90-day letter

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Also called a CP3219N Notice, Letter 531, or Notice of Deficiency; a 90 day letter is one of several types of letters sent by the IRS to individuals to inform them about their taxes and refunds. Specifically, it is a letter sent by the IRS to an individual that has been audited and found to have either (1) failed to submit their tax return or (2) submitted a deficient tax return. In either case, the IRS independently recalculates the individual’s tax, penalties, and interest on their tax using wages and income reported to the IRS by the individual’s employers, financial institutions, and other sources of income. The IRS then sends its assessed tax penalty within a 30 day letter (Letter 525), which allows the individual to accept or appeal the changes made to their return within 30 days, before the IRS processes the changes and sends a bill for the balance due in the 90 day letter.  

The 90 day letter generally explains the IRS’s calculation of the individual’s tax liability and the taxpayer’s options. Taxpayers who wish to contest the tax penalty in their 90 day letter may either pay the assessed tax and file a request for a refund (or sue, if their request is denied) in District Court, or they may challenge the assessed tax immediately, without paying the tax, by filing a petition for review with the United States Tax Court within 90 days from the date of the notice (or 150 days, if they are located outside of the U.S). Failure to exercise either option within the allotted time is counted as a forfeiture of the right to contest the IRS’s assessment.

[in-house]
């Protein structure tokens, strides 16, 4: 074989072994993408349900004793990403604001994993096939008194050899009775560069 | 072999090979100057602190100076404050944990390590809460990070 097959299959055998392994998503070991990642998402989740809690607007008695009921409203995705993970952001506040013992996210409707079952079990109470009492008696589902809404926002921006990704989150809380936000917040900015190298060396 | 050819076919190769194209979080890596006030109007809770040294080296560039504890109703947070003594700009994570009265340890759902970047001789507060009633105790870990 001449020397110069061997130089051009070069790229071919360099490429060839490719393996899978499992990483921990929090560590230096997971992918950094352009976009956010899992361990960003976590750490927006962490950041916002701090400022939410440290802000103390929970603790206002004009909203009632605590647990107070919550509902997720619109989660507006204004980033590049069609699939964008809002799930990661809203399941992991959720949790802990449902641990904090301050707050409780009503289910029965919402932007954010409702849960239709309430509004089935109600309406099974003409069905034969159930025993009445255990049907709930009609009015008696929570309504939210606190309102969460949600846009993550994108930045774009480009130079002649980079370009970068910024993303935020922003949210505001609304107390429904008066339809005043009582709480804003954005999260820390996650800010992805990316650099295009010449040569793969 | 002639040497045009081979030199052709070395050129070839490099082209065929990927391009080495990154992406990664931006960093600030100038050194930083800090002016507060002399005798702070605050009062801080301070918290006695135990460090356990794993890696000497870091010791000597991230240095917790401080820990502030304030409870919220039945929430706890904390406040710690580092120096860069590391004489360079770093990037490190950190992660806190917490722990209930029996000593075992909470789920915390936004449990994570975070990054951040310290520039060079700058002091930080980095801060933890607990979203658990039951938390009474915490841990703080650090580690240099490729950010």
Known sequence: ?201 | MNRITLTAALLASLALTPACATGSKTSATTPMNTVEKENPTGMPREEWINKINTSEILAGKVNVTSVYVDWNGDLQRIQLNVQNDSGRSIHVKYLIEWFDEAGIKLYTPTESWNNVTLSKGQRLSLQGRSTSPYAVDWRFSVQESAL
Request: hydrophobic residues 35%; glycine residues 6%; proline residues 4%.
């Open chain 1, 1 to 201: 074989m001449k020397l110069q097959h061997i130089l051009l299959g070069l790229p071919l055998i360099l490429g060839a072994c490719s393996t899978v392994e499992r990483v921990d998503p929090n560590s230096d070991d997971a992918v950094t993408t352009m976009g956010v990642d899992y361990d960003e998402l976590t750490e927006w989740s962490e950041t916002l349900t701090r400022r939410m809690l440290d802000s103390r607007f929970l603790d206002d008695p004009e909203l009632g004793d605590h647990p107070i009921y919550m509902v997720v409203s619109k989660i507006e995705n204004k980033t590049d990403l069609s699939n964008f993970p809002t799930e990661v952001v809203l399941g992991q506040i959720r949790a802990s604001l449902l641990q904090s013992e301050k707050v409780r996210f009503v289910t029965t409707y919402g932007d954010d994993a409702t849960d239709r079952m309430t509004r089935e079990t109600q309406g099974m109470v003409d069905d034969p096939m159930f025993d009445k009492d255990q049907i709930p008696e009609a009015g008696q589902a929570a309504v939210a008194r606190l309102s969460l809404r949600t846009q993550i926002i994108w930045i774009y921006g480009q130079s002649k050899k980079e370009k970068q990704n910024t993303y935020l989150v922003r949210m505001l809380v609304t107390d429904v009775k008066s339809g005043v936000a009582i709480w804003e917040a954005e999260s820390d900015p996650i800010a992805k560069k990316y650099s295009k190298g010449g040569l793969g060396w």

90 day letters serve as the government’s final determination of one’s tax liability in effort to assess and collect tax, as allowed under § 6212(a) of the Internal Revenue Code. They are formal legal notices, sent by certified or registered mail. 

[Last updated in June of 2021 by the Wex Definitions Team]